In order to attempt to stop war, poverty, prejudices, we have to look at the generalisations we make of people and races, and break down the stereotypes, to see each and every individual as their own person; to recognise within cultures, races and religions the differences and similarities are as broad as in any other culture, race and religion. There are good and bad people, happy and sad, rich and poor, educated and uneducated in every place in the world. We should not assume anything. And by realising every place in the world has it's heroes and heroines, as well as bad characters who benefit from others' fighting and death or poverty, we realise we aren't so very different.
Closer to home, when we look at our neighbours, so often we see them just as they are, as people they seem to have become. And very often we put them into a mental box: the mum struggling with young children, the old guy sitting alone in the pub, the smart-suited man on his way to work, the shopkeeper or school teacher...each one has a place in our head, and we generalise about them, if we think of them at all (As you read that last sentence, a generalised image probably popped into your head.) But each of these people was once a child. Each has grown up, gone to school, taken a job or several jobs. Each has had happiness and sadness and personal disasters, and each has had to deal with these in their own way. This makes each person very different.
So, that mother with her bundle of children? She might've once been a top class executive, until she changed course in life, or she might still be. The old guy in the pub might have travelled the world, or might have helped dozens of people make their way in life, or might have always been on his own wishing not to be. The smart-suited man might dress up every day in a suit, and go to a job he hates, and home to an empty house at night. We just don't know. But we think we know.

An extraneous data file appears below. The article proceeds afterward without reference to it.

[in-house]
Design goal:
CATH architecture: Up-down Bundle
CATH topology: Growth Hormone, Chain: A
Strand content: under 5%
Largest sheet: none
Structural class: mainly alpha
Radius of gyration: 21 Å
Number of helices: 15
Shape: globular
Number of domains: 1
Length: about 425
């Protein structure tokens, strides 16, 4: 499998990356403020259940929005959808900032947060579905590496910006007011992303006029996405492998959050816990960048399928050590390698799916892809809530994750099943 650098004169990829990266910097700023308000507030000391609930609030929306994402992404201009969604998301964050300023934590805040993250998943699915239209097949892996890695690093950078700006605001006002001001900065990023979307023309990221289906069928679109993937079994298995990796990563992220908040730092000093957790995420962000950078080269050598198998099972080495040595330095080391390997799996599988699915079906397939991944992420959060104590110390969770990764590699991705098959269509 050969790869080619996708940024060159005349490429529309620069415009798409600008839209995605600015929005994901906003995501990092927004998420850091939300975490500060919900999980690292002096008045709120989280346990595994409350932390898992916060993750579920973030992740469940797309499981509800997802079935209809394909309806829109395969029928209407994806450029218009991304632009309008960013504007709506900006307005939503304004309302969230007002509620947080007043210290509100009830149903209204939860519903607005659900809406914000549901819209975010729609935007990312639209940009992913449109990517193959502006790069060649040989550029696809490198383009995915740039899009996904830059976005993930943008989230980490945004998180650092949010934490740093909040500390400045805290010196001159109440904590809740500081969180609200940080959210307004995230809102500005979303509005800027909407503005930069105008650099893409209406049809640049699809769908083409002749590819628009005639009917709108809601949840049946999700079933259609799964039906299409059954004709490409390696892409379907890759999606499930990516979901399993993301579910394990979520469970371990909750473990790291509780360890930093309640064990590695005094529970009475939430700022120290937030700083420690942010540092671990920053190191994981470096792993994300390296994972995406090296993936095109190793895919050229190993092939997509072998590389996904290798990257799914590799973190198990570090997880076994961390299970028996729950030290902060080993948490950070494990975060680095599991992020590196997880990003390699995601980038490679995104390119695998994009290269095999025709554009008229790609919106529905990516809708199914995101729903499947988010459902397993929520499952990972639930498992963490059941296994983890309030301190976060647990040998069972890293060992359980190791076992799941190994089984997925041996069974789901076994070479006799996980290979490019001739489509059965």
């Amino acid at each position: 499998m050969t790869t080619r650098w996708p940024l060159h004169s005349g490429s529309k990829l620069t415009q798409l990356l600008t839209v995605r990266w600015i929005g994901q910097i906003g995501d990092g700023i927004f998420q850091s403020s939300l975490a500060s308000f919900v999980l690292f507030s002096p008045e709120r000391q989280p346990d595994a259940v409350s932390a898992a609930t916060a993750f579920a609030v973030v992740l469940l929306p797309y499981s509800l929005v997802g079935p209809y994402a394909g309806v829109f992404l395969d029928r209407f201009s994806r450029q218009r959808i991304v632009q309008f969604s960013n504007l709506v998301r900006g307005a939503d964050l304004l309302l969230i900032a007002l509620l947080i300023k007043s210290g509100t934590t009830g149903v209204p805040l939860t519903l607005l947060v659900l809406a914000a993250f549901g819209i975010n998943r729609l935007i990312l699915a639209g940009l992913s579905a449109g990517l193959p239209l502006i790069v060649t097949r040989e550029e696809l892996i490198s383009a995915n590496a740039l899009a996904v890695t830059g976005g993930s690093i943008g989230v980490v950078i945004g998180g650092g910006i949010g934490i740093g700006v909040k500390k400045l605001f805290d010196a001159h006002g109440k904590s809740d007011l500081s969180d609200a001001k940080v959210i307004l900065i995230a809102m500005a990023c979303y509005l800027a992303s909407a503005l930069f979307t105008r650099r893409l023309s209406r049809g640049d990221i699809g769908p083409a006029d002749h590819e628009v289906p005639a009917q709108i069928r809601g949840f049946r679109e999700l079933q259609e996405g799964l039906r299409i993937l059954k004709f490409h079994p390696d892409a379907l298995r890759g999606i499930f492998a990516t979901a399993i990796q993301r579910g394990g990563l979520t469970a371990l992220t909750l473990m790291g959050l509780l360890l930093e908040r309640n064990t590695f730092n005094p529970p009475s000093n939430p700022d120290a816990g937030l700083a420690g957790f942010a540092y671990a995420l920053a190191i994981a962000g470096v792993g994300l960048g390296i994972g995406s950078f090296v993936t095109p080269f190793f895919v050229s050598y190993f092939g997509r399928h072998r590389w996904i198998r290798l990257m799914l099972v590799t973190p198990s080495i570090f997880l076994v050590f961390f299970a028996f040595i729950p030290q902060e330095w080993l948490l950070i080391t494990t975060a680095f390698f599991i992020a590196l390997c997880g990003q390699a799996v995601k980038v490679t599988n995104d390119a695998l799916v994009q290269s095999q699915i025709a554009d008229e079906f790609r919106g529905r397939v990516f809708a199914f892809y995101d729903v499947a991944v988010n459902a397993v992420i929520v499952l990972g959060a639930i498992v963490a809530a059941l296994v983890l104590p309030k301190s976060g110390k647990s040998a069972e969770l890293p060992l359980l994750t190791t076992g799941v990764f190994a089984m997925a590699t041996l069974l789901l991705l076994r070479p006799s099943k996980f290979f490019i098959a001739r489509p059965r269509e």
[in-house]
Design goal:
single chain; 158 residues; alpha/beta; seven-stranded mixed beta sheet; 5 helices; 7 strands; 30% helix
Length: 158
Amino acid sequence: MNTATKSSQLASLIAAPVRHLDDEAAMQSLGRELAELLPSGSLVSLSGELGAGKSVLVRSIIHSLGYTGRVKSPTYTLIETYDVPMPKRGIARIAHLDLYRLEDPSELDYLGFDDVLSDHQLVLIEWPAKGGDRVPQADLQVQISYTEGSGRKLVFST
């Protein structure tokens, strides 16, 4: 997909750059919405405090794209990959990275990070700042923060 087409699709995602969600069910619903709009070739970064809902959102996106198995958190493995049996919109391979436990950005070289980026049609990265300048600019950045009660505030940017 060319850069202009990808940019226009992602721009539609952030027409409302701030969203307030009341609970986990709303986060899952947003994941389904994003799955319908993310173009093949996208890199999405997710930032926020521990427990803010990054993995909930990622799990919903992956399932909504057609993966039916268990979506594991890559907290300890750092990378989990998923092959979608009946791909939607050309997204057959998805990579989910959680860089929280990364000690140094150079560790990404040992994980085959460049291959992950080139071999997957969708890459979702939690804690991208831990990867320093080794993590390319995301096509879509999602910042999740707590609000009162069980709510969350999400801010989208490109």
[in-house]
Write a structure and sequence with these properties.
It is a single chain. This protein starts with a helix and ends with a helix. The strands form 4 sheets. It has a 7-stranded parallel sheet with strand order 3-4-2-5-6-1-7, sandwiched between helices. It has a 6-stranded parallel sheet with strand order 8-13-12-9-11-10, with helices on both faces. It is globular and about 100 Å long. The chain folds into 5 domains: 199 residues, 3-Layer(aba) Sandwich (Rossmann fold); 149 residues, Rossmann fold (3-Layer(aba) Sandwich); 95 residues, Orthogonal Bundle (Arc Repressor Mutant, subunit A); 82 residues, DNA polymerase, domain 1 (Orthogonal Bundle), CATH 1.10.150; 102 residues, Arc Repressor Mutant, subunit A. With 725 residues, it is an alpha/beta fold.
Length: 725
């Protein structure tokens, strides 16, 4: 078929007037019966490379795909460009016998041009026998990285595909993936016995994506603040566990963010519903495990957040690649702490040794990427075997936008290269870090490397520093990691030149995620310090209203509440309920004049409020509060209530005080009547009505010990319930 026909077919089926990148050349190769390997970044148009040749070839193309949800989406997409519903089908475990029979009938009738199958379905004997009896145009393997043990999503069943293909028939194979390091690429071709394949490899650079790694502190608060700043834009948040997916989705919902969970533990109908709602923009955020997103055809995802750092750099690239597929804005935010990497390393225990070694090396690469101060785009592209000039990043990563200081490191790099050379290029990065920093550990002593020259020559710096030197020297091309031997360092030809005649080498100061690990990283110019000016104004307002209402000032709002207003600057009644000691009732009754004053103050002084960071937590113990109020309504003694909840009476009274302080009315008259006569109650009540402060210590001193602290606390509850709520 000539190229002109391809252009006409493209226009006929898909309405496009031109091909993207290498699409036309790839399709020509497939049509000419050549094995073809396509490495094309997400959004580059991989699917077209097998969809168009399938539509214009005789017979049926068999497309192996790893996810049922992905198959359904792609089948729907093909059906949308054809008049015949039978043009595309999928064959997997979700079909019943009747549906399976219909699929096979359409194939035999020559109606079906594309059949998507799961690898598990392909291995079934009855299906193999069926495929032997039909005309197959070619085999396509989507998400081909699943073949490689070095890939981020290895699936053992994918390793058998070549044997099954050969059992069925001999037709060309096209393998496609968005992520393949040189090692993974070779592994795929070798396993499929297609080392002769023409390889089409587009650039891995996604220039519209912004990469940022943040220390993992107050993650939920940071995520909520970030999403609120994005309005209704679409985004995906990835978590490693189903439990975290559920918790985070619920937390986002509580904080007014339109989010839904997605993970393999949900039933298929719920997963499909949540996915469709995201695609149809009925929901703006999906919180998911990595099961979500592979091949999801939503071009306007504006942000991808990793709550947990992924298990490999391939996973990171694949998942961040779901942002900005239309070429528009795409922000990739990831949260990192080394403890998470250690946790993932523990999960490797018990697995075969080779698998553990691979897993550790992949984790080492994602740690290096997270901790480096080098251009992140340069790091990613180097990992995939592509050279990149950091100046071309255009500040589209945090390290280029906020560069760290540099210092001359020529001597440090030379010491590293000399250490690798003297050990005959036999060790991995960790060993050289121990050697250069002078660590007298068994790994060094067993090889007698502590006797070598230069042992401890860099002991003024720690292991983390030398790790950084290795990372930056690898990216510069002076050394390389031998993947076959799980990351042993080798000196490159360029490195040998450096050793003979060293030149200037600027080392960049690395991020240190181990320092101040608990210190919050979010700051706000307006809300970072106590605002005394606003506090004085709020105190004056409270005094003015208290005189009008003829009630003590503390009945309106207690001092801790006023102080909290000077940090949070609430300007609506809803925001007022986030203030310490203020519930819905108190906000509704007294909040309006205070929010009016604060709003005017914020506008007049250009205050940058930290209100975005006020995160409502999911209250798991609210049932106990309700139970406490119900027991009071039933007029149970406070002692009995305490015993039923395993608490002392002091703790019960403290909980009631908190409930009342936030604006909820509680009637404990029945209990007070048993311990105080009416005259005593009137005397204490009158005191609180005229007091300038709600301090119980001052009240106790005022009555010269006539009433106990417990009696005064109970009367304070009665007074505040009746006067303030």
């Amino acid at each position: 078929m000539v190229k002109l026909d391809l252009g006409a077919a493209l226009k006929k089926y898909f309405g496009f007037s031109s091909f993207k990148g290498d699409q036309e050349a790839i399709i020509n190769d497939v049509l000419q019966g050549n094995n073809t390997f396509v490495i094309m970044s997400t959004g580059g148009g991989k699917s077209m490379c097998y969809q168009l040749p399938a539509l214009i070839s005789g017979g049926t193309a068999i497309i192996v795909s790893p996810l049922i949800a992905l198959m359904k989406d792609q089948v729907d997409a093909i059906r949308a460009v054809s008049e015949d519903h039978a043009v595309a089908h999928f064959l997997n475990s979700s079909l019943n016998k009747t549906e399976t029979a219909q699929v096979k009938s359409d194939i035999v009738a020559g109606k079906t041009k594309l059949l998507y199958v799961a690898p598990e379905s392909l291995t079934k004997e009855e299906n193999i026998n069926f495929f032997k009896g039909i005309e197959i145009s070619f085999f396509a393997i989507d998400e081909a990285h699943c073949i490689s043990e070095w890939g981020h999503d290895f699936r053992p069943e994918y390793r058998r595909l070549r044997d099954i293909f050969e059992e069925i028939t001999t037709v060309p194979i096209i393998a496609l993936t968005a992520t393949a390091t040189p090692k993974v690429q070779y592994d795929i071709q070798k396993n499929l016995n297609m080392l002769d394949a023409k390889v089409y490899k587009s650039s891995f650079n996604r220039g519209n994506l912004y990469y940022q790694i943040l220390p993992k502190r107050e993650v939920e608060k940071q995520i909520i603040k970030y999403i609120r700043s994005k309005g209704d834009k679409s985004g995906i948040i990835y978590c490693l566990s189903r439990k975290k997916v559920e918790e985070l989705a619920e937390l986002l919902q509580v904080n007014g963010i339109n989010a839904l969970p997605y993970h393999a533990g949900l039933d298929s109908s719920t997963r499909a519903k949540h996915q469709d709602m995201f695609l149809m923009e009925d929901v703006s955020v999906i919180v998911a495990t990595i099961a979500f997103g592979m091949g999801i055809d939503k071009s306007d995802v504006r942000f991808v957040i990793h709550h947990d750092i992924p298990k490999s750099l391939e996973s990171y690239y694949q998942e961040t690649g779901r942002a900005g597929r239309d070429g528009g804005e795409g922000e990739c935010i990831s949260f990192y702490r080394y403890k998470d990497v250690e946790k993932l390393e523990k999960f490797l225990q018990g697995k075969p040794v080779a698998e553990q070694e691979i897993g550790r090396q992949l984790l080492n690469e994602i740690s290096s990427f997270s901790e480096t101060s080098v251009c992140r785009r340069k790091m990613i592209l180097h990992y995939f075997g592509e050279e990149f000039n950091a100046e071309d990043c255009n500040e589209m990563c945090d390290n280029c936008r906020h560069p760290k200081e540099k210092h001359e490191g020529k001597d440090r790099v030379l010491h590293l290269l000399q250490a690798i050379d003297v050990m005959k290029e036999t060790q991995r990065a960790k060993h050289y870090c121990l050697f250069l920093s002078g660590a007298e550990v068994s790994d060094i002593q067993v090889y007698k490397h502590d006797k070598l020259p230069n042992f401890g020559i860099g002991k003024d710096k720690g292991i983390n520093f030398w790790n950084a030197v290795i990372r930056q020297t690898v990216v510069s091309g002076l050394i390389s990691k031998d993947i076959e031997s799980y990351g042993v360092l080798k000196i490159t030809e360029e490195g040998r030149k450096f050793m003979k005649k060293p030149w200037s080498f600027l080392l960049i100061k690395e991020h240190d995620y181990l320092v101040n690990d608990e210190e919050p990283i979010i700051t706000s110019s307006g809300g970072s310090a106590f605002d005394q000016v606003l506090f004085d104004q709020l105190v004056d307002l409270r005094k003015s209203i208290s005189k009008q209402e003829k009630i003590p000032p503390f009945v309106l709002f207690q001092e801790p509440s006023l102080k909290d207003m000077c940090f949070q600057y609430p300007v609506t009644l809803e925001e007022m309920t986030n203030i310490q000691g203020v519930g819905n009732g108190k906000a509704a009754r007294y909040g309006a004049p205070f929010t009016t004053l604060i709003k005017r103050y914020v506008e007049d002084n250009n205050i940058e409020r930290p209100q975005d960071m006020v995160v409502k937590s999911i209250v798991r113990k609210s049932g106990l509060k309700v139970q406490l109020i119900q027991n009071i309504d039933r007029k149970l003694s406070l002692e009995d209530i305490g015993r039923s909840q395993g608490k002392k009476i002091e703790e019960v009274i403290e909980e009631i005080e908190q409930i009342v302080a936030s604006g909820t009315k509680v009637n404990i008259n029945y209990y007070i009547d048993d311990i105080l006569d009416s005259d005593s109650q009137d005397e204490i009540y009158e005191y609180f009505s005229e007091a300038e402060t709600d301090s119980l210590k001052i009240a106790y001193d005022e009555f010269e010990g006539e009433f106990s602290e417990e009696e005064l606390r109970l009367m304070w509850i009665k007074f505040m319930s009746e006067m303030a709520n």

My point is, we so cleverly put everyone we know and don't know into these mental boxes, and forget that it is only our own perception of them that puts them there. They have no such box round themselves. They have memories and a lifetime of experiences.
How war happens is when we think of a whole race, or religion, as in the same box. Each race has broader thinking people as well as zealots. Every religion or political party has the same. What I think many forget is that there are good and bad everywhere (yes, in those poor communities mentioned above, too, I'm sure there will be those who would quite happily take the last scrap of food and make someone else do without). But, if we can imagine a whole race of zealots with different beliefs from ourselves, it is easier to fight them, to not care about them as people.
Somebody I used to know used to say he thought everyone was bad unless they proved themselves good. Perhaps that was more a reflection of himself than of people generally. I prefer to think most people are good, unless they show themselves otherwise. Everybody was born an innocent child. If they have grown up unacceptable to society, it is probably because society hasn't been good to them. So, I like to give people a chance; I like to not look at what a person appears, but get to know them and find out for myself. It would be lovely if everybody could do this. I think, perhaps, there would be more understanding, and less seperation of people into apparent groups. And perhaps people would give someone they don't know a chance, when they wouldn't otherwise.
My hope is that, one day, we might all see each other simply as another human being. Today, on this Blogblast4Peace, I would ask each and everyone to think of a neighbour, and look at them in a new light, as a person who has lived a life we don't know about, and maybe consider getting to know that neighbour, finding out who they are, what makes them happy or sad or angry, what their dreams are...who knows, that person might one day be your friend.
Find other folk who believe in peace, who have ideas they want to share at:
BlogBlast for Peace ("Mimi Writes", blog of Mimi Lenox, founder)
Write a peace post, or put up a peaceglobe to unite with others today, then go sign the "Mr Linky" at the bottom of Mimi's peace post, so others can find you.
What BlogBlast4Peace is all about (the history and philosophy)
How to Get your Peace Globe
BlogBlast4Peace facebook page
BlogBlast4Peace facebook event
|A picture I came across that is so apt! :-)|